230 likes | 571 Vues
Chapter 3: Water and Life. WATER. Objectives. Importance of H bonds to properties of water 4 unique properties of water Interpreting a pH scale Importance of buffers in biological systems. Structure of Water. Structure key to special properties Structure dictates function Polarity
E N D
Objectives • Importance of H bonds to properties of water • 4 unique properties of water • Interpreting a pH scale • Importance of buffers in biological systems
Structure of Water • Structure key to special properties • Structure dictates function • Polarity • Hydrogen bonding • Each molecule can form max 4
Fig. 3-2 – Hydrogen bond + H —— O – —— + H + – – +
4 Properties of Water • Cohesion • Moderation of temperature • Ice floats on liquid water • Water as a solvent
Properties of Water: Cohesive Behavior • Cohesion • Water linked to water • Responsible for surface tension • Partial charges make water “sticky” • Adhesion • Clinging of one substance to another • Transpiration • Water moves through xylem to open stomata • What roles do cohesion and adhesion play ? • How does polarity of water contribute to its cohesive and adhesive properties?
Fig. 3-3 Adhesion Water-conducting cells Direction of water movement Cohesion 150 µm
Concept Check • How does polarity of water contribute to its cohesive and adhesive properties? • How might Rainex alter the properties of glass to allow it to shed water. • Discuss with a partner then we will discuss as a class.
Properties of Water: Ability to moderate Temperature • 2. Moderation of temperature • Specific heat: amount of heat required to change 1g of substance 1 degree C • Water has very high specific heat • Implications to earths climate • Oceans • Organisms • Heat of vaporization: amount of heat to convert 1g of liquid to gas • Water has high heat of vaporization
Evaporative cooling • Evaporation is transformation of a substance from liquid to gas • As a liquid evaporates, its remaining surface cools, a process called evaporative cooling • Evaporative cooling helps stabilize temperatures in organisms and bodies of water
Specific Heat • Water’s high specific heat can be traced to hydrogen bonding • Heat is absorbed when hydrogen bonds break • Heat is released when hydrogen bonds form • The high specific heat of water minimizes temperature fluctuations to within limits that permit life
Properties of Water: Expansion Upon Freezing • 3. Ice insulates large bodies of water • Ice floats • Moderates temps by not allowing large bodies of water to freeze solid • What are affects on pond life? • 104.5 bond angle
Fig. 3-6a Hydrogen bond Liquid water Hydrogen bonds break and re-form Ice Hydrogen bonds are stable
Properties of Water: Versatility as a Solvent • 4. Water as a solvent • Solvent • Solute • Solution • Hydrophobic substances • Hydrophilic substances • Sphere of hydration
Fig. 3-8bc (b) Lysozyme molecule (purple) in an aqueous environment (c) Ionic and polar regions on the protein’s surface attract water molecules.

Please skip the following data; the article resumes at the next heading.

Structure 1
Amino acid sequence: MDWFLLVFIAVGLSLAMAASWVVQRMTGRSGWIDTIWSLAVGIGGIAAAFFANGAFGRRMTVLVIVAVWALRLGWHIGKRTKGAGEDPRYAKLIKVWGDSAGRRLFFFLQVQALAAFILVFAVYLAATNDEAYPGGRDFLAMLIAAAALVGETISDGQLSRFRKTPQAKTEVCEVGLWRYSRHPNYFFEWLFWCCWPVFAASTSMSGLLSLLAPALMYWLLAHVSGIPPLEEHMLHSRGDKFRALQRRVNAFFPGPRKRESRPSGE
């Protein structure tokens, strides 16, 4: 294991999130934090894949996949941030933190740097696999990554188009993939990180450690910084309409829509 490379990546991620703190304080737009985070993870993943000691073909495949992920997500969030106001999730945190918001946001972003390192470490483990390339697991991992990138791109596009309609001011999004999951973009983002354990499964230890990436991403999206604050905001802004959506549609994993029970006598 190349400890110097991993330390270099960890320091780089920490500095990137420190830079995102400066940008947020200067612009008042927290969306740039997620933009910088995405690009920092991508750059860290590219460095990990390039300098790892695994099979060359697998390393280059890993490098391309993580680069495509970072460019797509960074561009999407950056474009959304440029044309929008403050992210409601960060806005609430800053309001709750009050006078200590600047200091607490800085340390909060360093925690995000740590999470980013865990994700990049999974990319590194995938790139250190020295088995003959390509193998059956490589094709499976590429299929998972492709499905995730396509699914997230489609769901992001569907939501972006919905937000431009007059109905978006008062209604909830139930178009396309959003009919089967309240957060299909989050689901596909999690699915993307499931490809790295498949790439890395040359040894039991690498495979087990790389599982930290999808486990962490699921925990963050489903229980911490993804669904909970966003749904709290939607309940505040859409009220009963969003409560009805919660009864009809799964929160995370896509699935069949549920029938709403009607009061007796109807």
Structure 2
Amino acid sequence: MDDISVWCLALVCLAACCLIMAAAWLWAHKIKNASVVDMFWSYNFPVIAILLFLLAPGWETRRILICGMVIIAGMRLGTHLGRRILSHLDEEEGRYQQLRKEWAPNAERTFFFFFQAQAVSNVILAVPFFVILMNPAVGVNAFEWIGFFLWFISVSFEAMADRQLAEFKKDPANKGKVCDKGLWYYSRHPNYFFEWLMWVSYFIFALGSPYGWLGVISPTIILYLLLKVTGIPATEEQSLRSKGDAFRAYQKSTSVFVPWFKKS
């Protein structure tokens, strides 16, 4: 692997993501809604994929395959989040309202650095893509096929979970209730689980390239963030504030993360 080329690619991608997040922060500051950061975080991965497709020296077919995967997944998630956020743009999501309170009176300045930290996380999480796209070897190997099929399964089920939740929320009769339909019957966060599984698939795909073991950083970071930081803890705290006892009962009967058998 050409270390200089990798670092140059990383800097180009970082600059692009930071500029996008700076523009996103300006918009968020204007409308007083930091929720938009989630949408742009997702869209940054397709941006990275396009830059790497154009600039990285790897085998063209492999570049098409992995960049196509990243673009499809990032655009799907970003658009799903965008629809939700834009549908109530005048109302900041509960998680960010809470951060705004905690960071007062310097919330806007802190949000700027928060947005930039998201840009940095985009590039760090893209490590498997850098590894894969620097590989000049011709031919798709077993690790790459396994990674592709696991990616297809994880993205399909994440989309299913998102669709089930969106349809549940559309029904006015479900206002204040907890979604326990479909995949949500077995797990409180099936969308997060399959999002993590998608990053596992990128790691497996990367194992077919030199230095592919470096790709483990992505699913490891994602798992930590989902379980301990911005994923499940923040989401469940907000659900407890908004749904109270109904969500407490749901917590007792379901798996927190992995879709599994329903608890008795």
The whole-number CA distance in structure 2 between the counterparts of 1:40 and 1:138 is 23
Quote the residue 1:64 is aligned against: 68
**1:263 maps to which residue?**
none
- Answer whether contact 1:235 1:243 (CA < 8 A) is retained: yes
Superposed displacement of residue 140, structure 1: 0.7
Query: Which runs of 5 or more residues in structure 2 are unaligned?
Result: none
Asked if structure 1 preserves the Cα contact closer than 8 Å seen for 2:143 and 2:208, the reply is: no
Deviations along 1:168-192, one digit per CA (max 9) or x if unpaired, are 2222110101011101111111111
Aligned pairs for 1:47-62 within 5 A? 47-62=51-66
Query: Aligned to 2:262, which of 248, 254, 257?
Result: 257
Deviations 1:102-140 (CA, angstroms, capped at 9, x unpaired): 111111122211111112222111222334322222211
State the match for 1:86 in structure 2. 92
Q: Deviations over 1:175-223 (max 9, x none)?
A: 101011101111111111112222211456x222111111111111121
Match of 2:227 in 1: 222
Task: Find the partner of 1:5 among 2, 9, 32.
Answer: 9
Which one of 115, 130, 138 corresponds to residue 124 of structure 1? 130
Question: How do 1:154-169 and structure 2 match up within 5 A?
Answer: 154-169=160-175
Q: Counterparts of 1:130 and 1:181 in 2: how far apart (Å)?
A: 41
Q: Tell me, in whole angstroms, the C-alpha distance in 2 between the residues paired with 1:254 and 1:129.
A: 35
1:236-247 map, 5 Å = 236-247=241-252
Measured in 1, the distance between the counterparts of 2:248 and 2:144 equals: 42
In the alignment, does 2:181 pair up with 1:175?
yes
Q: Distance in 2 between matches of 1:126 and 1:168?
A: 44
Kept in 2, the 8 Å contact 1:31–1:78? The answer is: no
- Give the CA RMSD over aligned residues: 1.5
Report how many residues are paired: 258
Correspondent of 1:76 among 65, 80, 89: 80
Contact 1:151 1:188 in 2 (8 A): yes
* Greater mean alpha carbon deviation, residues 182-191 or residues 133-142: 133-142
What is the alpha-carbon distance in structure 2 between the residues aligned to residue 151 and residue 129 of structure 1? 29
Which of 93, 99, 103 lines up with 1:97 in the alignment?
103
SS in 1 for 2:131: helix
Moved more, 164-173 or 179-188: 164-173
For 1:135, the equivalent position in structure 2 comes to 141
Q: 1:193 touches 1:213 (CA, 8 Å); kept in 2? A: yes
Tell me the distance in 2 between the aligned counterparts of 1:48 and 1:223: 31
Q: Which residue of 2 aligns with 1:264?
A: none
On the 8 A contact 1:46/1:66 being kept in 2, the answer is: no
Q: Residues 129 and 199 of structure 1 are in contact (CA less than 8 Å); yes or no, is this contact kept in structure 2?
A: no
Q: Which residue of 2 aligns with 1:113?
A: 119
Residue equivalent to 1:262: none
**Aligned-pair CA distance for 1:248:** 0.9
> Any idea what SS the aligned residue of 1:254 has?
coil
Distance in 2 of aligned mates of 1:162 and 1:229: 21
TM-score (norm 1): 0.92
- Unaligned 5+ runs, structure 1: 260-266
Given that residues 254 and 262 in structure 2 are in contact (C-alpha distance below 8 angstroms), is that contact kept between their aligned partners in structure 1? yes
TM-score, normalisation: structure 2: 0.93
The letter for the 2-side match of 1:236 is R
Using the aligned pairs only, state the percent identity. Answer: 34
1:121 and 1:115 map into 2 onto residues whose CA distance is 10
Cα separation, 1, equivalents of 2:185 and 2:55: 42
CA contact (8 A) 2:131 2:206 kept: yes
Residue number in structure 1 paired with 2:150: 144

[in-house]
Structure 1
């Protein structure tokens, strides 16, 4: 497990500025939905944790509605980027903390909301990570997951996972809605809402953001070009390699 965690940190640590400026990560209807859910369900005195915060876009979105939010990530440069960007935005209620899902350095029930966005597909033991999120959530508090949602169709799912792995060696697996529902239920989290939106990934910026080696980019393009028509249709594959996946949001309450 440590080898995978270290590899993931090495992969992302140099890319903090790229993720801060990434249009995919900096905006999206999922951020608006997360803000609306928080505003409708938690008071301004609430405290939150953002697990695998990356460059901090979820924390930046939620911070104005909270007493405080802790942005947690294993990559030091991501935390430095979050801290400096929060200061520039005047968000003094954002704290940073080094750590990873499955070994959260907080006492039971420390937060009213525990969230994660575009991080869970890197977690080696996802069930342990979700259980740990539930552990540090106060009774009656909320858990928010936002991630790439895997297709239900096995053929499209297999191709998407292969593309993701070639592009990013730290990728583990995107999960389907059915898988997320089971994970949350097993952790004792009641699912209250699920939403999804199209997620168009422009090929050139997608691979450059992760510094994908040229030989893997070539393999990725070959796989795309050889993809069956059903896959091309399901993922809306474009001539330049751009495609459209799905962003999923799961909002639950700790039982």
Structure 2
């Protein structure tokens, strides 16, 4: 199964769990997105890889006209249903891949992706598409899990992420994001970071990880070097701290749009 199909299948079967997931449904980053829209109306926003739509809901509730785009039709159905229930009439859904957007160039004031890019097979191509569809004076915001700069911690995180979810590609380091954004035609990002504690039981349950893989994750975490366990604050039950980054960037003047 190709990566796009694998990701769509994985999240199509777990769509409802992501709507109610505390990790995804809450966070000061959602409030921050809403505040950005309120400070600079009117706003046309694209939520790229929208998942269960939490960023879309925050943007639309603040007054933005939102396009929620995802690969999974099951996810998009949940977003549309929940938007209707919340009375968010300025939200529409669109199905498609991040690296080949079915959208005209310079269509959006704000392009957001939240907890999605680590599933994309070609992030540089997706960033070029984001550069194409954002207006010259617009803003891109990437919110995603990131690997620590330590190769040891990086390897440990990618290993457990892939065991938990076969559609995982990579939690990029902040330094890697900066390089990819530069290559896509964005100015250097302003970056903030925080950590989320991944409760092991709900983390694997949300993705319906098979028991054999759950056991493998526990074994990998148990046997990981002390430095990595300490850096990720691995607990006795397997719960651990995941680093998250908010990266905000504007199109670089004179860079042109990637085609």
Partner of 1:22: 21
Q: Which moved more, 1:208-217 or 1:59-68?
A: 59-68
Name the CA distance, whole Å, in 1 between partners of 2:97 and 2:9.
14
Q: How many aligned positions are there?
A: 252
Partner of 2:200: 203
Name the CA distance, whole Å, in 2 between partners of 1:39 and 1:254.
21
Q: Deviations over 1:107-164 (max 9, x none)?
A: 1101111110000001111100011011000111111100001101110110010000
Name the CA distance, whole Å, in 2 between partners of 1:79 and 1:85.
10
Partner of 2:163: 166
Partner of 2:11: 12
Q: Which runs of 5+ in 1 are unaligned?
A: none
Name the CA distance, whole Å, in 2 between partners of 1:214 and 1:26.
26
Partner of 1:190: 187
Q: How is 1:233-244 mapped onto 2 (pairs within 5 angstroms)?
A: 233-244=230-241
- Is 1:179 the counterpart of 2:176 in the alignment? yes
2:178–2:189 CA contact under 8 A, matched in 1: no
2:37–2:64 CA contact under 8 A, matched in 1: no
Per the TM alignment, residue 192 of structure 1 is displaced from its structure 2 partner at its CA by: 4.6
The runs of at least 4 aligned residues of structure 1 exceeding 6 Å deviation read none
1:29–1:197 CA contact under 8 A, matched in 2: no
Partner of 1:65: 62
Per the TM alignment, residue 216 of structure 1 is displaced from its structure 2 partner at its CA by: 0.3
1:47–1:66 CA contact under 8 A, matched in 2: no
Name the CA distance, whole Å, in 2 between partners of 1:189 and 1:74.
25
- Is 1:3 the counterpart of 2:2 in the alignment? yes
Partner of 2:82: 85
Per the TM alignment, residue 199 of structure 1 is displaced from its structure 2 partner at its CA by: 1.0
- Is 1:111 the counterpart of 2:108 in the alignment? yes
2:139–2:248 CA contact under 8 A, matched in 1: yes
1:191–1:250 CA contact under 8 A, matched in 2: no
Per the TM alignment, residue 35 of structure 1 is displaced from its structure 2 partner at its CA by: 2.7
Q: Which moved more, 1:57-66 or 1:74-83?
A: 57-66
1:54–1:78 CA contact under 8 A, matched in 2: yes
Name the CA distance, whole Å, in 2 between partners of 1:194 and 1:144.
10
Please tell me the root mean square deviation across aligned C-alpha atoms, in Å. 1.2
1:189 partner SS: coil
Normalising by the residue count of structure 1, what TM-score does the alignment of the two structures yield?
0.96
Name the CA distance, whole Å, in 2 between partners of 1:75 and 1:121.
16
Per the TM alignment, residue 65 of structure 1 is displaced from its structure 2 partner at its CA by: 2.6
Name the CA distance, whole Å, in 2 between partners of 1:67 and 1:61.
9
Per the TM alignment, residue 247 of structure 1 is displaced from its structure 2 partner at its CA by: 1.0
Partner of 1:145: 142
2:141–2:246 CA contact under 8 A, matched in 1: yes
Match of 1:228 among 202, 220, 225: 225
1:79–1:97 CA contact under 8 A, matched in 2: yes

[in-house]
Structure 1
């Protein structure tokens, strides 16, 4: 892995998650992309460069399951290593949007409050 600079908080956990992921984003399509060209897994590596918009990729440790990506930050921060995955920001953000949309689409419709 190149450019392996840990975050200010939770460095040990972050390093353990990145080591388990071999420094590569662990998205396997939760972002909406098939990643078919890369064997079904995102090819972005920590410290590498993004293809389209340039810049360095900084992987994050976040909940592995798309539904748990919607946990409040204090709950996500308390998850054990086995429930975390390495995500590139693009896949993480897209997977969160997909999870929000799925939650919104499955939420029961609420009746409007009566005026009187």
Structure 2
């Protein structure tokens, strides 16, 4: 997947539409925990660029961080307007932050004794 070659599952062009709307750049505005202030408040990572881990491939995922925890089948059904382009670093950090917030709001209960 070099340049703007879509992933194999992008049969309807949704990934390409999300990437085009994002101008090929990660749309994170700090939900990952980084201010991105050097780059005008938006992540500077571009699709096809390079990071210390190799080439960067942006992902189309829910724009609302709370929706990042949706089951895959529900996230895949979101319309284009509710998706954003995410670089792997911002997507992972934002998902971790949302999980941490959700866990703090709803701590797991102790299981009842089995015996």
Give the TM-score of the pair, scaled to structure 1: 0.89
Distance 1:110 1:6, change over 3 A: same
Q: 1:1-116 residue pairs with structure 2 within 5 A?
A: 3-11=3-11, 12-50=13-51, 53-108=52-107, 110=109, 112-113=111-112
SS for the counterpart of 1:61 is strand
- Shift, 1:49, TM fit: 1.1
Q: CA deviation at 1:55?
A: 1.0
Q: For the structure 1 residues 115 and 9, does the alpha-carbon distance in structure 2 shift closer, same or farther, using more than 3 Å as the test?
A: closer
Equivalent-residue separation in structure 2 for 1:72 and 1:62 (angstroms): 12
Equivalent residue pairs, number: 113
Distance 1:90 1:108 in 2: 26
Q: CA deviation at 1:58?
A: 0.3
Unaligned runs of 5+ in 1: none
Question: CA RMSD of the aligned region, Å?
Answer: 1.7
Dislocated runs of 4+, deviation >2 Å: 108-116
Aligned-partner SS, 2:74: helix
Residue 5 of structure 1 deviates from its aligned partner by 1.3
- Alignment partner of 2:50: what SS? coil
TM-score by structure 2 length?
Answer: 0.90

Deriving pH equation • In any aqueous solution at 25°C the product of H+ and OH– is constant and can be written as [H+][OH–] = 10–14 • The pH of a solution is defined by the negative logarithm of H+ concentration, written as pH = –log [H+] • For a neutral aqueous solution [H+] is 10–7 = –(–7) = 7
Fig. 3-UN2 H H H O O O O H H H H H 2H2O Hydroxide ion (OH–) Hydronium ion (H3O+)
Acids & Bases • Acids and bases alter [H+] • pH of pure water is 7 • How does HCl increase the acidity ? • Increase [H] • How does NaOH decrease acidity ? • Decrease [H] • direct bases NH3 gas • Indirect NaOH
Fig. 3-9 pH Scale 0 1 Battery acid Gastric juice, lemon juice 2 H+ H+ H+ Vinegar, beer, wine, cola OH– 3 H+ H+ OH– Increasingly Acidic [H+] > [OH–] H+ H+ H+ 4 Tomato juice Acidic solution Black coffee 5 Rainwater 6 Urine OH– Saliva OH– Neutral [H+] = [OH–] 7 Pure water OH– H+ H+ OH– OH– Human blood, tears H+ H+ H+ 8 Seawater Neutral solution 9 10 Increasingly Basic [H+] < [OH–] Milk of magnesia OH– OH– 11 OH– H+ OH– Household ammonia OH– OH– OH– H+ 12 Basic solution Household bleach 13 Oven cleaner 14
Importance of Buffers to Biological Systems • Carbonic acid and hyperventilation • Rapid breathing • Blood CO2 concentration decreases • Blood carbonic acid levels decrease • Blood pH changes from normal • Adverse physiological effects • Dizziness • Visual impairment • Fainting • Seizures • Death
Acids and Bases • pH scale • pH = –log [H+] • 0-14 • Lower more acidic < 7 • Higher more basic > 7 • Acids: Excess H+ ions • Bases: Excess OH- • Pure water is neutral • Buffers: minimize changes in pH • Can accept or give H+ ions when needed • Carbonic Acid (H2CO3) moderates pH changes in blood plasma and in the ocean
Summary and Review • List and explain the four properties of water that emerge as a result of its ability to form hydrogen bonds • Distinguish between the following sets of terms: hydrophobic and hydrophilic substances; a solute, a solvent, and a solution • Define acid, base, and pH • Explain how buffers work